A US-Turkish agreement with strong signals of strain

What Washington has called a “game changer” — the agreement to use İncirlik Air Base and bases in the provinces of Batman and Diyarbakır to battle the Islamic State in Iraq and the Levant (ISIL) in Syria — has so far caused a disproportionate side effect of bringing violence and fears of destabilization in Turkey regarding attacks on the Kurdistan Workers’ Party (PKK).

Concerning the ISIL dimension of the matter, there has only been confusion.

The first issue was the subject of my previous article. There is not much more to add, at the moment, about the consequences of the relationship between cynical political games in Ankara and the ongoing bloodbath, which now threatens even the big cities. The latest statements from President Recep Tayyip Erdoğan on “fighting PKK terrorists until all their weapons are buried under cement,” have only added to the fears.

Confusion regarding the other issue has surfaced following conflicting statements from officials in Washington and Ankara about Turkey targeting the People’s Protection Units (YPG) militia in Syrian territory, and also about the creation of no-fly and safe zones inside the same territory.

US State Department spokesman Mark Toner swiftly denied claims made in a report allegedly quoting Foreign Ministry Undersecretary Feridun Sinirlioğlu as saying an “agreement [had been] reached” to establish a “safe zone” with the Americans. Earlier, US officials had made it clear that the YPG would be excluded from being targeted.

The no-fly and safety zones that the Turkish side — most recently Prime Minister Ahmet Davutoğlu in a BBC interview — insists are “necessary” also seem to add to the confusion. When answering questions for the BBC yesterday, I responded that this insistence is mainly aimed at “domestic consumption” rather than having any realistic substance.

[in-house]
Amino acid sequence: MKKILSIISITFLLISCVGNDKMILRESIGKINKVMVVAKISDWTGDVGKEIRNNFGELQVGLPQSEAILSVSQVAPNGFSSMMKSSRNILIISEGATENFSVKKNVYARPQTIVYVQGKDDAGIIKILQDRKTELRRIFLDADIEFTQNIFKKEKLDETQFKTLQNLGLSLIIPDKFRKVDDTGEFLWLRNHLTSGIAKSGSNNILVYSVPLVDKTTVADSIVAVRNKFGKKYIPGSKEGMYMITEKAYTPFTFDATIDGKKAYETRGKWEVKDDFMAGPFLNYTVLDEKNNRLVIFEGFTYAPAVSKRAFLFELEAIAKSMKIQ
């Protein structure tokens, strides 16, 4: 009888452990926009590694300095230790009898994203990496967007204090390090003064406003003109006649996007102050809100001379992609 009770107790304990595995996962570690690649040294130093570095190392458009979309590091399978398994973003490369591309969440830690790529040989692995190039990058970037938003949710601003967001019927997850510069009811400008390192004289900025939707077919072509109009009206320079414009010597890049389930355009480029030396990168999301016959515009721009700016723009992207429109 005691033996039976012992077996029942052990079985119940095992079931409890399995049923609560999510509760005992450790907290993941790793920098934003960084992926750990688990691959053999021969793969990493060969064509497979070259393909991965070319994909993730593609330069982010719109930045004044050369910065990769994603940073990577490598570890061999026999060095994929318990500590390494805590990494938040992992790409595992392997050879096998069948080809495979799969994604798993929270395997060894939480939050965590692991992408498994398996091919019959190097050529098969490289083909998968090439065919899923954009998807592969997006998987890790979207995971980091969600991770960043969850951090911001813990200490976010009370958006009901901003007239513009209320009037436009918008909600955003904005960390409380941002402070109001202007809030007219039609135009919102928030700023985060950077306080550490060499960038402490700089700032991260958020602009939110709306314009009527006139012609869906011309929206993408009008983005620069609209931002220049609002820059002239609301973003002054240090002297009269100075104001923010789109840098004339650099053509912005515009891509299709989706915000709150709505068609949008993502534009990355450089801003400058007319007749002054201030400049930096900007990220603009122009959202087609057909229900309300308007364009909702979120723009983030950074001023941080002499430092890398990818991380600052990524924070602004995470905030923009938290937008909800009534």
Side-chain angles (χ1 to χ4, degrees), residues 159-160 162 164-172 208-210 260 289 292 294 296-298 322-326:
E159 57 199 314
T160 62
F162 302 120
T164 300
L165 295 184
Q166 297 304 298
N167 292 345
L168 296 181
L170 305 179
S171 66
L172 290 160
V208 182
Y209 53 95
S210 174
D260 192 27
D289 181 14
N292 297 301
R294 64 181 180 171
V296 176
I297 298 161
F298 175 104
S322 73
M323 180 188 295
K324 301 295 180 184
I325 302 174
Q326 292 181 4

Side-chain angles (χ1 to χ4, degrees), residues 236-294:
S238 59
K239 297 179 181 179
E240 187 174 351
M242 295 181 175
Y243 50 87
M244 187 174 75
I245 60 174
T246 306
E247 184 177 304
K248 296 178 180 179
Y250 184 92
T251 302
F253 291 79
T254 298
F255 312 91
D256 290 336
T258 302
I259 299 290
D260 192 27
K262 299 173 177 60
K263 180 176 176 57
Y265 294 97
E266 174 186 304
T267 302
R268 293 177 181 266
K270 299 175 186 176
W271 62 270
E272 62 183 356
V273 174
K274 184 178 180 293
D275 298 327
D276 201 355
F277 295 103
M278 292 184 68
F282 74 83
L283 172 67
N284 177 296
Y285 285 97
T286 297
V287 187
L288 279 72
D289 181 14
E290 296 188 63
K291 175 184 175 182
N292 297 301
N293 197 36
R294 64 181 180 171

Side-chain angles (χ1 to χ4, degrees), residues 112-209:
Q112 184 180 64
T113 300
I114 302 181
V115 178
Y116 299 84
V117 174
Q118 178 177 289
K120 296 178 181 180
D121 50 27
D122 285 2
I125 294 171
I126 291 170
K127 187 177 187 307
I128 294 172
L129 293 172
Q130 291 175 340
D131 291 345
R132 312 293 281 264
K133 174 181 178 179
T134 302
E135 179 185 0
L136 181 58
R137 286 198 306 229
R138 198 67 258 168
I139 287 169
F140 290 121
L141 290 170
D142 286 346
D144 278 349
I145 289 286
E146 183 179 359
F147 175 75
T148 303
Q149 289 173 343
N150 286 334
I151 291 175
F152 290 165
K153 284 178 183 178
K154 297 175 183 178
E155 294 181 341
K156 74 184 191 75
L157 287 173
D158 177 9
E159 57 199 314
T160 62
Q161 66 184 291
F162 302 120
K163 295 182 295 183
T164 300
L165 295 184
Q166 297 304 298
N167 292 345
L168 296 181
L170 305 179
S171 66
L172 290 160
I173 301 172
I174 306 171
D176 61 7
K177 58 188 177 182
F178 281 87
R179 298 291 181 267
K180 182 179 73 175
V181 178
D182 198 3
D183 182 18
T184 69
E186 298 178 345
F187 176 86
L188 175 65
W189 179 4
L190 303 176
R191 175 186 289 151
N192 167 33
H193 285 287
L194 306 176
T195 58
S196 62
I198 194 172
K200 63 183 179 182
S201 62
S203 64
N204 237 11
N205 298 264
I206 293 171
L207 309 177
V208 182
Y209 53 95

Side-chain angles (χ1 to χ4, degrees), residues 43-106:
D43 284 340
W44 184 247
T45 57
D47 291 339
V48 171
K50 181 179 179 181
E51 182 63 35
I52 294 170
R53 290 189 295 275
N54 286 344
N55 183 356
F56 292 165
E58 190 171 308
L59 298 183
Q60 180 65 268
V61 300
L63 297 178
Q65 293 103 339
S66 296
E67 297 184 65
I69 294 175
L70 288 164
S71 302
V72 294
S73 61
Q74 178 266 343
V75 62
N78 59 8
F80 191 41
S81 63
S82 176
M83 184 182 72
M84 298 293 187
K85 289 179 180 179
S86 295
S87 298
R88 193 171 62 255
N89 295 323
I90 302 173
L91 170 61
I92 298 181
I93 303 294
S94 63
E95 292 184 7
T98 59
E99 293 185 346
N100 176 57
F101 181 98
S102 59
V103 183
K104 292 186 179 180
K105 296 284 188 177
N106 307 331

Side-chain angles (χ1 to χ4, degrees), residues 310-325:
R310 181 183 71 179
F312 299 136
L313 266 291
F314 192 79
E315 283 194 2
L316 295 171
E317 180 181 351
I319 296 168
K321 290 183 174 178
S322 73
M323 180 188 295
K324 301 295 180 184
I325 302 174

The facts regarding the Syrian theater leave little doubt that, given an apparent “mutual understanding” between Washington and Damascus, the Syrian air force already “respects” a de-facto no-fly zone by not attacking targets in northern Syria. Certainly, the weakened force of the Syrian army has something to do with this, but the definition of the “enemy” has led to that. So, Americans have been arguing, there is no need to go any further, when the risks are antagonizing Russia, which is also in a deeper “search mode” about the quagmire there.

The idea of a “safe zone” is even more complicated. Complications arising from matters of international law and considerations of safety — assuming, of course, that the Justice and Development Party (AKP) government has only the humanitarian dimension in mind — have left Turkey as the single “willing” regional power.

But questions abound: Even if not entering foreign soil, who will protect this zone and how? Will Turkey, which has so far refused any international humanitarian aid and aid workers, allow cooperation? How will ISIL and other deadly radical groups be prevented from penetrating the borders of the zone? What will the role of the only efficient ground force, the YPG, be? What if Russia, Iran and even China object to such an implementation? So on and so forth.

All these questions lead to only one conclusion: Davutoğlu has in mind the political position of his party and its rattled stance at home, and is issuing rhetoric aimed at reinforcing domestic backing. Of course, it will not be very helpful at reversing the immense loss of credibility Turkey has suffered with its allies and in the region, should he attempt to use “the unwillingness” of international powers to direct accusations at them.